I gave it 4 stars because I was expecting something "meatier" than this, but I would stress that it is very interesting and Robert Fass' reading is first class. I am not sure that the classification "light book" can be reasonably applied to anything written about this terrible period of history, but if it can, then this book is qualifies and is first class. I do not mean to suggest that this book treats the period lightly, but only that it is not a period history like Richard J Evans' The Third Reich In Power.
The tragic story of Juana would be reason enough to read this book. However, there is so much gained in taking a second look at Catherine of Aragon. Juana is unfortunately remembered as Juana the Mad, but this book examines the evidence and casts doubts on the accuracy of the sobriquet. When she inherited the kingdom of Castile on her mother's death, she ended up at the mercy of men competing to rule it- her husband, her father, and eventually her son Charles V, Holy Roman Emperor. Not in dispute is her legacy of numerous offspring that married into many royal houses.
Catherine of Aragon faced many difficult times. She left Spain to marry Prince Arthur of England. After Arthur died, she faced years of uncertainty and financial hardship while her father-in-law and father remained in a bitter money dispute over her dowry. Her life brightened when Arthur's brother Henry VIII ascended to the throne and immediately married her only to later leave her when his head was turned by Anne Boleyn.
The book is very good at going into details on the case presented to the church by both sides. Henry is very upset that Catherine couldn't provide him with a son (that lived) and blames this misfortune on marrying his brother's wife (degree of affinity) even though the church granted a dispensation for Catherine and Henry's marriage. One of the weaknesses of this argument that is prominently pointed out in the book is that since Henry's former mistress Mary is Anne's sister, marrying Anne would be violating the same degree of affinity. Anne Boleyn's role (and that of her grasping family) in assisting Henry's side is also detailed in the book.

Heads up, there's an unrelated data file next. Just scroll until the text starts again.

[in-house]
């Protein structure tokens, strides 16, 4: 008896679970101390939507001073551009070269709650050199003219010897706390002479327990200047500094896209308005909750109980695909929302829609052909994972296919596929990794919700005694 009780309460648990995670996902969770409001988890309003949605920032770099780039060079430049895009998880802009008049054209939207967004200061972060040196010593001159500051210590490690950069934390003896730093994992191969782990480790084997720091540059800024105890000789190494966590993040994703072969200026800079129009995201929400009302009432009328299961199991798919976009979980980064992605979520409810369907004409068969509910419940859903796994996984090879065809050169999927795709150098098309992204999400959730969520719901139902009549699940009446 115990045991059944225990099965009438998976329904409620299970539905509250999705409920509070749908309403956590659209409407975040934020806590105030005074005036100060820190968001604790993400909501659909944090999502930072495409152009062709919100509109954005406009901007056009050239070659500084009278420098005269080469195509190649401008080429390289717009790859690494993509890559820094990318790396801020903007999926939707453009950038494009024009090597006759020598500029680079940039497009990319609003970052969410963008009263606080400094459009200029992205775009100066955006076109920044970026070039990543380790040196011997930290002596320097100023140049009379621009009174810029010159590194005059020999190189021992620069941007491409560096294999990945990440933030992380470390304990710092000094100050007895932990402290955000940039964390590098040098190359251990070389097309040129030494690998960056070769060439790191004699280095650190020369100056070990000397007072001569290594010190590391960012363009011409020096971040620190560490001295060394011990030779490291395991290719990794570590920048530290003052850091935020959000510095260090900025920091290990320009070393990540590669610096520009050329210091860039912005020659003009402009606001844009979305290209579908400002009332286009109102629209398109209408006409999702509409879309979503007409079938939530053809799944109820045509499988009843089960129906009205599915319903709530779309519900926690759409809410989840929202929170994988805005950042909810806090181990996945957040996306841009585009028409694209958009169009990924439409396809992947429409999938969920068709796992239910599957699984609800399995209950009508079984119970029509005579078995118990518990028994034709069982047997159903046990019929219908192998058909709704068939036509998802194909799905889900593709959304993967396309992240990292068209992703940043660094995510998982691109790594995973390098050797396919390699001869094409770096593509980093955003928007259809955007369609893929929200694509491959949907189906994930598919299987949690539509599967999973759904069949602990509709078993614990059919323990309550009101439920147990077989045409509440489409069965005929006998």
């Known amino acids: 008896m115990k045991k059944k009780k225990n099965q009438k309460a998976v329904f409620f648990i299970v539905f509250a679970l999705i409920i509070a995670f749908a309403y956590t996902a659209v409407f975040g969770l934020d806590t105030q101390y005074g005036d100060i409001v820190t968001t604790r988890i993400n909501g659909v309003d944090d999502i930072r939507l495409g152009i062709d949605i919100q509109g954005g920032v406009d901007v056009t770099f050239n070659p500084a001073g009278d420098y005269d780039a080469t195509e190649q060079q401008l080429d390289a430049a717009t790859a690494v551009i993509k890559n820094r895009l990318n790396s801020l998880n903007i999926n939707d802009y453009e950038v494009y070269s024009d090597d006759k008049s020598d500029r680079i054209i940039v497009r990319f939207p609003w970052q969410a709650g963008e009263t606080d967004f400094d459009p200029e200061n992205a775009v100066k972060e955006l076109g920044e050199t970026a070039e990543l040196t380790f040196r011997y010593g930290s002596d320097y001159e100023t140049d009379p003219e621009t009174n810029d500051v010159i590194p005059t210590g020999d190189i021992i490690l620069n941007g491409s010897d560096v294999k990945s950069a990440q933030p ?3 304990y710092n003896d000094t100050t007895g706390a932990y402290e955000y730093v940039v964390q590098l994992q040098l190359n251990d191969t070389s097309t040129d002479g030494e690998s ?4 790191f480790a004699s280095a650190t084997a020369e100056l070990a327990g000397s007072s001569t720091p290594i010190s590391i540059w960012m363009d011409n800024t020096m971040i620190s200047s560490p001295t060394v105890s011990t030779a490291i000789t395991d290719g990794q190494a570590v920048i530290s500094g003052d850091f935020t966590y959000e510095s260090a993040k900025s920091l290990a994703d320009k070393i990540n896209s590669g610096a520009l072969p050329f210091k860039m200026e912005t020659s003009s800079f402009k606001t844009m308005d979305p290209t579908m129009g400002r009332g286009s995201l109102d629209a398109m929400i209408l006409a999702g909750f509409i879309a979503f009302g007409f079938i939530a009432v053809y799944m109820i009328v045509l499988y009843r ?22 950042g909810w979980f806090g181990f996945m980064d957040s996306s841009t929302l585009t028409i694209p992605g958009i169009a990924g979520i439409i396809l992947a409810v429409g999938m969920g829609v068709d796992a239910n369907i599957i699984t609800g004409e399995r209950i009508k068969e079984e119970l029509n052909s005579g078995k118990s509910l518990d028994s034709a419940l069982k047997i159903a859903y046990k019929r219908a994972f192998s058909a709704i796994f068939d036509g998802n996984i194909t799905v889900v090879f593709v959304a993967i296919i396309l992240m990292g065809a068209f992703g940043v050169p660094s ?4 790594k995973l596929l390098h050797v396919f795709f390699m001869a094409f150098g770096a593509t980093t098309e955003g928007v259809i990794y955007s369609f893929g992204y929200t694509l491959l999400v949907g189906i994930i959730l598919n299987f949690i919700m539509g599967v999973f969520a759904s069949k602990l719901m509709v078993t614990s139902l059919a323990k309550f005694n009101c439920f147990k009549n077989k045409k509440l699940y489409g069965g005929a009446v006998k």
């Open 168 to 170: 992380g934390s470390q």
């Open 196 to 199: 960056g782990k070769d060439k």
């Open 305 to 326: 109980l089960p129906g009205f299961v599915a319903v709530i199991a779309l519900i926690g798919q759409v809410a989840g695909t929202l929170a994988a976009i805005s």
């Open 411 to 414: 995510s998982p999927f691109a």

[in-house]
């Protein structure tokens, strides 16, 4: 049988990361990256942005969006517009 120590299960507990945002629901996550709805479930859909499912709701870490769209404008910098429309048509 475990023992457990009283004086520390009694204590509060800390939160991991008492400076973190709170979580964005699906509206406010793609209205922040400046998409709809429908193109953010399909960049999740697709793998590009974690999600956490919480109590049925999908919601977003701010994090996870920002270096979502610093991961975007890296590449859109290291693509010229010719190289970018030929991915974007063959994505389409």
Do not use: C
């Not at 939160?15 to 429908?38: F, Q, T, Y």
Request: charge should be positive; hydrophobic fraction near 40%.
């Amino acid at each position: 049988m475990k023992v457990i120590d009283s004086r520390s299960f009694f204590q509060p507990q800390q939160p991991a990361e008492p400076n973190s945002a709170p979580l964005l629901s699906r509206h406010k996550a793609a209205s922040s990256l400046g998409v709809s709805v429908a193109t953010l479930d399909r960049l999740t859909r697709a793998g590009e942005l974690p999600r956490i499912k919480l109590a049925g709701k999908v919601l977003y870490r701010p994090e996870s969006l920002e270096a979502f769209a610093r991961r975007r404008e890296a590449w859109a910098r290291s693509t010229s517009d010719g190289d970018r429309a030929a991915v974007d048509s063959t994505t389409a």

Catherine is presented as a counselor to Henry during the beginning of his reign. When her crafty father Ferdinand would try to better his own prospects at the expense of Henry and England, Catherine would stand behind Henry and her adopted country. Her intelligence and determination is best shown in her tenacity fighting for her marriage and enlisting the help of Juana's son Charles V to repeatedly pressure the Pope. The book brings out Catherine's concern on how adversely an annulment will affect the future of her daughter Mary. Not only did it affect her prospects as an heir, it also severely affected her marriage choices. Catherine, brought up by the "Catholic monarchs" Queen Isabella and King Ferdinand, also despaired at the rise of Protestantism in England and worried about the effect of the broken marriage as well as Anne and her beliefs would have on the country. The book brings out that the unfortunate result of Catherine's struggle to keep her marriage would end up weakening the Catholic church in England by forcing Henry to leave the church to get his much desired marriage to Anne. She also had to endure Henry's punishment of isolating her from her beloved daughter.
The book provides a good look at the children of Ferdinand and Isabella and their influence on the world at the time. The good qualities of Juana have been hidden underneath an accusation of insanity, made by the people who profited the most by her removal from the scene. Catherine of Aragon is more than just a bitter, overly religious first wife- she is an educated woman concerned about the future of her daughter, her country, and her husband.
I discovered this book because I had bought another book George, Nicholas, and Wilhem that was also narrated by Roslyn Landor. I enjoyed the book and her performance and was interested in her other books.